Now moving on to 2022 year-end and first quarter guidance. The fiscal year 2022 matters. Our capital budget for 2022 is $10 million. This is based upon operating a 17-rig fleet. Approximately $8 million relates to maintenance CapEx, around $1,200 per operating day, and the remaining $2 million relates to carryover costs relating to activation of our 17 rigs and discrete capital spare items.

As mentioned in our press release, there's approximately $4.5 million of 2021 CapEx accrued at year-end that will also flow through our cash flow statement during 2022. As Anthony highlighted, we likely won't begin to reactivate our 18th rig until we are able to successfully comprehensively address our existing term plan of debt, which we are actively working on.

Cash SG&A for the year is estimated to be approximately $15.5 million and then noncash SG&A expense will be approximately $3.5 million, with the caveat that most of noncash SG&A subject to variable accounting based upon the closing price for our common stock at the end of the applicable reporting period.

The increase in cash SG&A expense from 2021 primarily relates to return to pre-COVID pay, normalized incentive compensation accruals, which had lower during COVID and some salary adjustments due to a tightening labor market.

Depreciation expense for 2022 will be approximately $40 million. Now moving on to first quarter guidance. We expect operating days to approximate 1,485 days, representing a 16.5 average rigs working during the quarter.

This represents a 10% sequential increase in average rigs compared to the prior quarter. We have a couple of rigs moving between customers during the quarter. We expect margin per day to come in between $5,800 and $5,900 per day, representing an approximate 51% sequential increase at the midpoint of this range.

We expect revenue per day to come in between $21,600 and $21,700 per day with many of the dayrate increases on contract roles only partially benefiting the first quarter.

Cost per day is expected to range between $15,700 and $15,900 per day, sequentially higher as we absorb increases associated with pay increases instituted at the end of the fourth quarter. Anthony mentioned that significant margin and dayrate expansion is expected to continue into the second quarter.

Unabsorbed overhead expenses will be about $800,000 during the quarter and also are not included in our cost per day guidance. This includes approximately $200,000 of onetime costs associated with exiting a stacked yard that is no longer needed.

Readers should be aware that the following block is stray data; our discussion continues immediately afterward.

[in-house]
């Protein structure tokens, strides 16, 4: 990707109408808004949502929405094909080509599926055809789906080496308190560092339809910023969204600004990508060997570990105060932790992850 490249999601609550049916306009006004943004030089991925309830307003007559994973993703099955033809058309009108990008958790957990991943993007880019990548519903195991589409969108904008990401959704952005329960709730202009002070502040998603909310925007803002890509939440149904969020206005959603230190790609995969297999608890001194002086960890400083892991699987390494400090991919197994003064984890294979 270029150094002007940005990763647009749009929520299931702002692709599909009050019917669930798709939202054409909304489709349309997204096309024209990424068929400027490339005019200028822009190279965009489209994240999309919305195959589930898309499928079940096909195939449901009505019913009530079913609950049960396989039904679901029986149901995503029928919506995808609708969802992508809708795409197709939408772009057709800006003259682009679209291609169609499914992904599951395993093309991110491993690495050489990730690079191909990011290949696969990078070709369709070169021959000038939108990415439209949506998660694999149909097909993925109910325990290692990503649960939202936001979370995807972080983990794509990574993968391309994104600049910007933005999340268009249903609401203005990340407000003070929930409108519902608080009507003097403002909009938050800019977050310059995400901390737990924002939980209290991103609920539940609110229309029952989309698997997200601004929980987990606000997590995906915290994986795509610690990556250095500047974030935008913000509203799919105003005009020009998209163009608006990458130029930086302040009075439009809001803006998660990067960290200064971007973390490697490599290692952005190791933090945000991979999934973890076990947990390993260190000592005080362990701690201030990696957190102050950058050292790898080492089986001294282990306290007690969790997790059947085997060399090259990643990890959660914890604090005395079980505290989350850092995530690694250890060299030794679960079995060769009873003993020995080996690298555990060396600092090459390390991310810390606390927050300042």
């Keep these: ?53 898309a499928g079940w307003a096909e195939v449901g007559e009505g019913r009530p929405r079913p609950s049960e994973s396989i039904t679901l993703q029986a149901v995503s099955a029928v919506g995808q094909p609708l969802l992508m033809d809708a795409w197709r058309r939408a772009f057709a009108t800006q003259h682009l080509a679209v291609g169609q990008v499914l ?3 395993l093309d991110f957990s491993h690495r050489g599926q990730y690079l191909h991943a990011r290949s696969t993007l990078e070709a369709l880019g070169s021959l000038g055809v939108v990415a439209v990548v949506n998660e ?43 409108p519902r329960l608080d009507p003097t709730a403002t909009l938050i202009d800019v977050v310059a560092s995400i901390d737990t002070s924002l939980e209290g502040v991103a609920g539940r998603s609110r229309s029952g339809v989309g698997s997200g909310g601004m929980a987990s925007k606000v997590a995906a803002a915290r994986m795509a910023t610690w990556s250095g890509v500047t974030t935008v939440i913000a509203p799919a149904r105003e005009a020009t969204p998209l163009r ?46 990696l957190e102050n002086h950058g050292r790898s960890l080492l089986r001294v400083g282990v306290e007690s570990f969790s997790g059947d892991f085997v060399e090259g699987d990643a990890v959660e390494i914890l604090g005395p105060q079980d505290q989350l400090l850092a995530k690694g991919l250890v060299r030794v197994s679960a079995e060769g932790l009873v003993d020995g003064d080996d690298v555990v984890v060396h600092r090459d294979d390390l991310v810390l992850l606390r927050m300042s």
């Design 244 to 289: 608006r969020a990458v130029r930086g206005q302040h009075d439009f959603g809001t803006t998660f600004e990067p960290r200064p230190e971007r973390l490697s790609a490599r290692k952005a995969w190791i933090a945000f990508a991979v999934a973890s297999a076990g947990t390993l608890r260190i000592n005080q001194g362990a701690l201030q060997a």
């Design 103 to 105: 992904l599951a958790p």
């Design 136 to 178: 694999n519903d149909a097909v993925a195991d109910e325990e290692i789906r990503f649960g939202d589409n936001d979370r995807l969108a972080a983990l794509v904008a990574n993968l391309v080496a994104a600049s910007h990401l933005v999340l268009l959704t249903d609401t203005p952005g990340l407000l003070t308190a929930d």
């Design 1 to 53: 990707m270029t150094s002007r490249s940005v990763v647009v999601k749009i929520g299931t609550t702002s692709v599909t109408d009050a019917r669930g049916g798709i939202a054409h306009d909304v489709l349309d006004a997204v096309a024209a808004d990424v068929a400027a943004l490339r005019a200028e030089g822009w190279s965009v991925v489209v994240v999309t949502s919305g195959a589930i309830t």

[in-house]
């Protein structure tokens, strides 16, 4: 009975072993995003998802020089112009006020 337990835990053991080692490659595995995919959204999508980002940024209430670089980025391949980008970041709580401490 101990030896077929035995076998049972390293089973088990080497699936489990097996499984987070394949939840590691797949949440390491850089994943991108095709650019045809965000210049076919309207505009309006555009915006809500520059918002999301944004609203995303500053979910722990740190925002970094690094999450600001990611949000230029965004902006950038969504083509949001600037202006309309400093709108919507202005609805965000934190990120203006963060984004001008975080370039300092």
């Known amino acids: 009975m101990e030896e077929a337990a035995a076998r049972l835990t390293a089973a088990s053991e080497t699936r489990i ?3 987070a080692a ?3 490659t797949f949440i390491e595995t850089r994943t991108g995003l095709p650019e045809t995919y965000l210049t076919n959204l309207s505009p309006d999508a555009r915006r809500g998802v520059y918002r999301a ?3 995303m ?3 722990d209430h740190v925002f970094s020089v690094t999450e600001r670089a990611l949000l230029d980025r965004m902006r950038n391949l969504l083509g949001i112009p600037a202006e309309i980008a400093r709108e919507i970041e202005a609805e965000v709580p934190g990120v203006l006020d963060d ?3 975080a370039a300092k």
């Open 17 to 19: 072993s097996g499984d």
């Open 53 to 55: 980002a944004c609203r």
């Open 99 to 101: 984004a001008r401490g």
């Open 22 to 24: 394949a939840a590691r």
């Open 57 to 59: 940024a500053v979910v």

We expect first quarter cash SG&A expense to be approximately $4.3 million, with a sequential increase associated with return to pre-COVID pay and incentive comp levels, pay adjustments associated with the tightening labor market and seasonal increases in audit and other professional fees.

Stock-based compensation expense is expected to be approximately $1 million with the sequential increase being driven by variable accounting based on our closing stock price at the end of the reporting period.

We expect interest expense to be approximately $4 million and depreciation expense to be approximately $10 million. We expect tax expense to be a benefit of approximately $0.5 million. Capital expenditures, we expect approximately $7 million net of dispositions to flow through our cash flow statement during the first quarter. And this includes the $4.5 million of expenditures made in 2021 for which payment will occur this year.

And with that, I will turn the call back over to Anthony.

Anthony Gallegos

Thanks, Philip. Before I open up the call for questions, I'd like to quickly summarize the 3 key takeaways from our prepared remarks. One, the super-spec rig market is extremely tight. Two, because of our super-spec rig fleet, our target markets and our reputation, ICD is benefiting from this market tightness. And three, our outlook and goals for 2022 are reasonable and when attained, will allow ICD to achieve meaningful financial and operational improvements during 2022.

Operator, let's go ahead and open up the line for questions.

Question-and-Answer Session

Operator

[Operator Instructions] Our first question comes from Don Crist with Johnson Rice.

Don Crist

You talked a lot about the contracts and how many you're going to reprice this year. Can you just give us a sense of what your kind of contract duration is? Or if you want to talk about it in a different way? How many contracts will roll this year and how that could translate into higher pricing going forward?